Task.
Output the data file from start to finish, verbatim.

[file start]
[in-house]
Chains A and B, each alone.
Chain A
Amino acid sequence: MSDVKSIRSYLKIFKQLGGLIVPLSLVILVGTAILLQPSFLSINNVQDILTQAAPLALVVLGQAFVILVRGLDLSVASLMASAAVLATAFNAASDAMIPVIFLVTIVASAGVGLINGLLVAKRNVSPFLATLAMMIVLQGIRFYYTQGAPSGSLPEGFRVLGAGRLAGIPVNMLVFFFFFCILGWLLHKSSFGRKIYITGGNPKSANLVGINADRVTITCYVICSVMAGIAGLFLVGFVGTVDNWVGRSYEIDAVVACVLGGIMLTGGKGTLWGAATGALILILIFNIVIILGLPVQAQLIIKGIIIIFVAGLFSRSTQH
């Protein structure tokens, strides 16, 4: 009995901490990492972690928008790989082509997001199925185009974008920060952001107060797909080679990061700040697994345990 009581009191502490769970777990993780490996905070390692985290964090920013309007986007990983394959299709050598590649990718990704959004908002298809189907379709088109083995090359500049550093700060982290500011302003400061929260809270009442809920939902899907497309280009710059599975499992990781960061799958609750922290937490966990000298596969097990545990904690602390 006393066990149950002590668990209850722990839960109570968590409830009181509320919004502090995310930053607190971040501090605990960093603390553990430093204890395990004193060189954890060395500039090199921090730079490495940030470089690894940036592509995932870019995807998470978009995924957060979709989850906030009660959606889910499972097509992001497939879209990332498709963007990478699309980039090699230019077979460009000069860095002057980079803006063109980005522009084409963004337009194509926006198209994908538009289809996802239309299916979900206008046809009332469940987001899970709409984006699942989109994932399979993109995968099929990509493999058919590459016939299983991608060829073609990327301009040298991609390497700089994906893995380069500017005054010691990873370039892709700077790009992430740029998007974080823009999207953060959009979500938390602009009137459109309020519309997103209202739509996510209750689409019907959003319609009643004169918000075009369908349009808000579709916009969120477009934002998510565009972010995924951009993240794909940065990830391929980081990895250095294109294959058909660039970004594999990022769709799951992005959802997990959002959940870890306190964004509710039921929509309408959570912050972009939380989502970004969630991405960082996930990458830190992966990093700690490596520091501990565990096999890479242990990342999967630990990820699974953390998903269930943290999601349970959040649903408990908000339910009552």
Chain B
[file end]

[in-house]
Chains A and B, each alone.
Chain A
Amino acid sequence: MSDVKSIRSYLKIFKQLGGLIVPLSLVILVGTAILLQPSFLSINNVQDILTQAAPLALVVLGQAFVILVRGLDLSVASLMASAAVLATAFNAASDAMIPVIFLVTIVASAGVGLINGLLVAKRNVSPFLATLAMMIVLQGIRFYYTQGAPSGSLPEGFRVLGAGRLAGIPVNMLVFFFFFCILGWLLHKSSFGRKIYITGGNPKSANLVGINADRVTITCYVICSVMAGIAGLFLVGFVGTVDNWVGRSYEIDAVVACVLGGIMLTGGKGTLWGAATGALILILIFNIVIILGLPVQAQLIIKGIIIIFVAGLFSRSTQH
């Protein structure tokens, strides 16, 4: 009995901490990492972690928008790989082509997001199925185009974008920060952001107060797909080679990061700040697994345990 009581009191502490769970777990993780490996905070390692985290964090920013309007986007990983394959299709050598590649990718990704959004908002298809189907379709088109083995090359500049550093700060982290500011302003400061929260809270009442809920939902899907497309280009710059599975499992990781960061799958609750922290937490966990000298596969097990545990904690602390 006393066990149950002590668990209850722990839960109570968590409830009181509320919004502090995310930053607190971040501090605990960093603390553990430093204890395990004193060189954890060395500039090199921090730079490495940030470089690894940036592509995932870019995807998470978009995924957060979709989850906030009660959606889910499972097509992001497939879209990332498709963007990478699309980039090699230019077979460009000069860095002057980079803006063109980005522009084409963004337009194509926006198209994908538009289809996802239309299916979900206008046809009332469940987001899970709409984006699942989109994932399979993109995968099929990509493999058919590459016939299983991608060829073609990327301009040298991609390497700089994906893995380069500017005054010691990873370039892709700077790009992430740029998007974080823009999207953060959009979500938390602009009137459109309020519309997103209202739509996510209750689409019907959003319609009643004169918000075009369908349009808000579709916009969120477009934002998510565009972010995924951009993240794909940065990830391929980081990895250095294109294959058909660039970004594999990022769709799951992005959802997990959002959940870890306190964004509710039921929509309408959570912050972009939380989502970004969630991405960082996930990458830190992966990093700690490596520091501990565990096999890479242990990342999967630990990820699974953390998903269930943290999601349970959040649903408990908000339910009552």
Chain B